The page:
As the millennial generation moves into the university, questions concerning the effects of technology on composition become more and more pressing. This panel will discuss the ramifications of computing and writing in a technologically mediated world, including the human cost of composition, the digitization of texts, and online course pedagogy.

 
Speaker 1: The Google Books Debate and its Implications on Teaching and Scholarship
Speaker 2: Deconstructing an Ill-Constructed Online Course
 
  • Molly Hartzog Storment,
    North Carolina State University
  • Kristopher Miller,
    Missouri Western State University
Tags: Digital Humanities, Humanities Computing, Infrastructure

Embracing the Messiness of Digital Praxis: Rhetoric, Efficiency, and Administrative Decisions about Digital Design and Online Writing Instruction

Room: Tompkins G112 Session Time: Sunday Session J: 10:30-11:45 Session Type: Panel Presentation

To study the decisions made for writing courses, we propose using the concepts Efficient Rhetoric and the Rhetoric of Efficiency to understand the commonplaces that support certain ideologies over others.

Introduction: Rhetoric and Efficiency
Speaker 1: Can You Teach Me Now? The In/Efficiencies of Online Writing Instruction
Speaker 2: My Tower is Leaning: The Perils an Inefficient Pedagogy of Digital Design

  • Julia Romberger,
    Old Dominion University
  • Kevin DePew,
    Old Dominion University
Tags: Multimodal Composition, Writing Program Administration, Writing Studies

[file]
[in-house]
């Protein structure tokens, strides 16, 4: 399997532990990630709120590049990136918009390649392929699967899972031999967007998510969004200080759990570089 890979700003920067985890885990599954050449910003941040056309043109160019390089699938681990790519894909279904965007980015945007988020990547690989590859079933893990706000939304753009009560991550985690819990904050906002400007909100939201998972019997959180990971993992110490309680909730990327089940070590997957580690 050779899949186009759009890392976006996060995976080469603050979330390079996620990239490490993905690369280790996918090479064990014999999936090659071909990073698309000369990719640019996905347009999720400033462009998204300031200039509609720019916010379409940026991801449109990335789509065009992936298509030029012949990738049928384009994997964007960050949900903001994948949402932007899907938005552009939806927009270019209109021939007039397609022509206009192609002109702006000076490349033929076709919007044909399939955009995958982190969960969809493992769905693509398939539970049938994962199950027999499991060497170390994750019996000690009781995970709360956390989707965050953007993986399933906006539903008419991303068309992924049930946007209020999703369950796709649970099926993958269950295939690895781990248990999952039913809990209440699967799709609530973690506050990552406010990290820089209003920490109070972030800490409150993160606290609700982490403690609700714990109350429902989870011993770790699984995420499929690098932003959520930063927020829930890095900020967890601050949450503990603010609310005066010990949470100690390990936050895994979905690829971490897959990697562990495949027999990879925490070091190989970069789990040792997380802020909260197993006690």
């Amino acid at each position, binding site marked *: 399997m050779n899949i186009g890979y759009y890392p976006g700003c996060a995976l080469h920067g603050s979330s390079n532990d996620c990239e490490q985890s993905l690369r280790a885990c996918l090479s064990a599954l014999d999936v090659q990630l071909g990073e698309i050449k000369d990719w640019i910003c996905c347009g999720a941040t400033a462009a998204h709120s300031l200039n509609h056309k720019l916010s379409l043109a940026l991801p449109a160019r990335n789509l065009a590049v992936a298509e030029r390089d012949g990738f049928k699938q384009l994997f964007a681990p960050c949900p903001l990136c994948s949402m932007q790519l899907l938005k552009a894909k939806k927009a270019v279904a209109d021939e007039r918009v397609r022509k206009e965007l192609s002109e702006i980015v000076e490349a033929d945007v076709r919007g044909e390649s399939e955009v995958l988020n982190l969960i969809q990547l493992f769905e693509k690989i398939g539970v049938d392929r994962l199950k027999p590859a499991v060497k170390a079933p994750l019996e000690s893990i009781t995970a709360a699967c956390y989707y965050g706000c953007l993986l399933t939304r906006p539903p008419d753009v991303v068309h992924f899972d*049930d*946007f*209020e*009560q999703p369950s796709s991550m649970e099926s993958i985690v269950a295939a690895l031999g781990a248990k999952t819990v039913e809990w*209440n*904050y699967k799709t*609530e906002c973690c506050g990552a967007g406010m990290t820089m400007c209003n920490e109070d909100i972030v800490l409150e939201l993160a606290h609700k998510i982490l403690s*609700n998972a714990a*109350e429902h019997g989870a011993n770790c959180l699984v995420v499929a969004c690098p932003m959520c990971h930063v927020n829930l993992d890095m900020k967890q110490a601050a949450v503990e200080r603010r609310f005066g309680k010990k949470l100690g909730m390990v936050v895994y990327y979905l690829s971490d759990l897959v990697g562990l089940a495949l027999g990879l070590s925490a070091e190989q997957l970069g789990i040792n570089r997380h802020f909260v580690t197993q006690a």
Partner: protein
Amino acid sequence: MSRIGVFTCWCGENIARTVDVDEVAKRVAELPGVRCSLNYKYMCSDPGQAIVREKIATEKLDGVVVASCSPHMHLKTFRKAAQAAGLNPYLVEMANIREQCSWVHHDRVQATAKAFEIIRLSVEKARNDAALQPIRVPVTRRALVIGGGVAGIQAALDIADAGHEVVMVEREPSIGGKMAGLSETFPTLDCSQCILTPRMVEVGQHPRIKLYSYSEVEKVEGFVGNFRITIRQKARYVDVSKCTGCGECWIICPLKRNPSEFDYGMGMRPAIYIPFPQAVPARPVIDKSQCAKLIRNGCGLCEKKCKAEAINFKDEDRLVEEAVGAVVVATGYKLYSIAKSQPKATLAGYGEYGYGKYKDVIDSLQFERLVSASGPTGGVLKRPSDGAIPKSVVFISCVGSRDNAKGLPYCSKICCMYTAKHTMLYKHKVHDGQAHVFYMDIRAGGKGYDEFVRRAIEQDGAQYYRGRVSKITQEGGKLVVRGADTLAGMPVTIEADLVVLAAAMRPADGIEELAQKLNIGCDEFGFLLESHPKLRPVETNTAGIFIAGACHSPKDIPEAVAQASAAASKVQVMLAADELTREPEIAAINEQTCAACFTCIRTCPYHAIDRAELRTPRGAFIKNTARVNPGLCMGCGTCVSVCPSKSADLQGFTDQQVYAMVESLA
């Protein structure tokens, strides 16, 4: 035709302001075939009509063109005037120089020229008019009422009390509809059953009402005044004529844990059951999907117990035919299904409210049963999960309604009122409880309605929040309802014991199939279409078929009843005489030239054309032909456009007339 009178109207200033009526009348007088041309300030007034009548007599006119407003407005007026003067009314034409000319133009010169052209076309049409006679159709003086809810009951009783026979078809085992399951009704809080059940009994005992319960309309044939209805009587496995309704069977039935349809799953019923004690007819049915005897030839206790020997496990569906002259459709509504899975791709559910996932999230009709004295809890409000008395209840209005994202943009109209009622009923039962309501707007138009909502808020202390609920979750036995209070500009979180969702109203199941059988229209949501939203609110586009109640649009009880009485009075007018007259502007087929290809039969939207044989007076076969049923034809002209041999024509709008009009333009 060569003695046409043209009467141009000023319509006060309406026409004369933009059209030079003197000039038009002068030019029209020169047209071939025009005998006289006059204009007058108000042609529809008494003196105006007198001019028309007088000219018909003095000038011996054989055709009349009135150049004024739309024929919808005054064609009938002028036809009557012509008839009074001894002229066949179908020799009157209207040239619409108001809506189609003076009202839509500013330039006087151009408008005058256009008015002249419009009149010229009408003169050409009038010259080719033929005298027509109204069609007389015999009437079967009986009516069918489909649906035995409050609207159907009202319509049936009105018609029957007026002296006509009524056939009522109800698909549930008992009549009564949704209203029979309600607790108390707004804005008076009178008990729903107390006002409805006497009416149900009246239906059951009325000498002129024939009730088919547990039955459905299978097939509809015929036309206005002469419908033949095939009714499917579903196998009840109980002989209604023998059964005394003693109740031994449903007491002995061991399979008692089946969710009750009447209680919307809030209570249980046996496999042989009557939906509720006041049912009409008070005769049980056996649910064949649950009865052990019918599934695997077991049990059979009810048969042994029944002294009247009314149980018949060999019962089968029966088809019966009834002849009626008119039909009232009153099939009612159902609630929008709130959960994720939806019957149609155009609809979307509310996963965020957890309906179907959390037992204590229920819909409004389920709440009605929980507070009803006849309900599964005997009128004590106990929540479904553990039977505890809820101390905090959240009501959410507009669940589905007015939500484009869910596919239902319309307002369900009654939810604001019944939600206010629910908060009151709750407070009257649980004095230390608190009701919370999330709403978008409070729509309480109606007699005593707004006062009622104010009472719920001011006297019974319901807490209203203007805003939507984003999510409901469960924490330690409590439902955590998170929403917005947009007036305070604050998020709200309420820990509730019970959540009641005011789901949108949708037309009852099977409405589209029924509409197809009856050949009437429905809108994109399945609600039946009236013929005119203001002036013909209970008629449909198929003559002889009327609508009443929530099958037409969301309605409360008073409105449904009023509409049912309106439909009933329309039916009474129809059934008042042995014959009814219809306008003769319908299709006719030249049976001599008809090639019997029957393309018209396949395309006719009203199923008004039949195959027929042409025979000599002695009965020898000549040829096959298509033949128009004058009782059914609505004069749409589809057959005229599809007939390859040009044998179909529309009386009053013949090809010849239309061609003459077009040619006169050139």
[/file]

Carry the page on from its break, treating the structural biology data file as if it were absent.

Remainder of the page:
How to talk about DITA in the writing classroom (without being super rich or super geeky)

Room: Caldwell G107 Session Time: Sunday Session J: 10:30-11:45 Session Type: Panel Presentation

Speakers on this panel will discuss how the ever-changing digital landscape must be reflected in the tools we use in our teaching, scholarship, and production practices. Speakers will address teaching DITA in a writing classroom, extending scholarship through social media, and the need for an open paradigm for digital production.

  • Carlos Evia,
    Virginia Tech
  • Matt Sharp,
    Virginia Tech
  • Karl Stolley,
    Illinois Institute of Technology
  • Joyce P. Johnston,
    George Mason University
Tags: Digital Humanities, Digital Spaces, Multiliteracies

Putting Our Multimedia Where Our Mouth Is: The Architexture of a New MA Concentration

Room: Tompkins G118 Session Time: Sunday Session J: 10:30-11:45 Session Type: Panel Presentation

Panel title: Building New Architextures: Three Approaches to Institutional Realization of the Digital Turn

Panel abstract: By explaining initiatives from three distinct institutional sites—the English MA, the university writing center, and the HBCU—these panelists share approaches to creating curricular, physical, and online spaces that support digital multimodal composing. Taken together, they argue a necessary step to enacting institutional change is architextual innovation.

Speaker 1: Putting Our Multimedia Where Our Mouth Is: The Architexture of a New MA Concentration
Speaker 2: Social Future, Social Center:  Constructing a Multiliteracy Center Within a University Learning Commons
Speaker 3: Under Construction: HBCUsOnline.com and the Future Implications of the Historically Black Institutio

  • James P. Purdy,
    Duquesne University
  • Justin Young,
    Eastern Washington University
  • Kendra L. Mitchell,
    Florida State University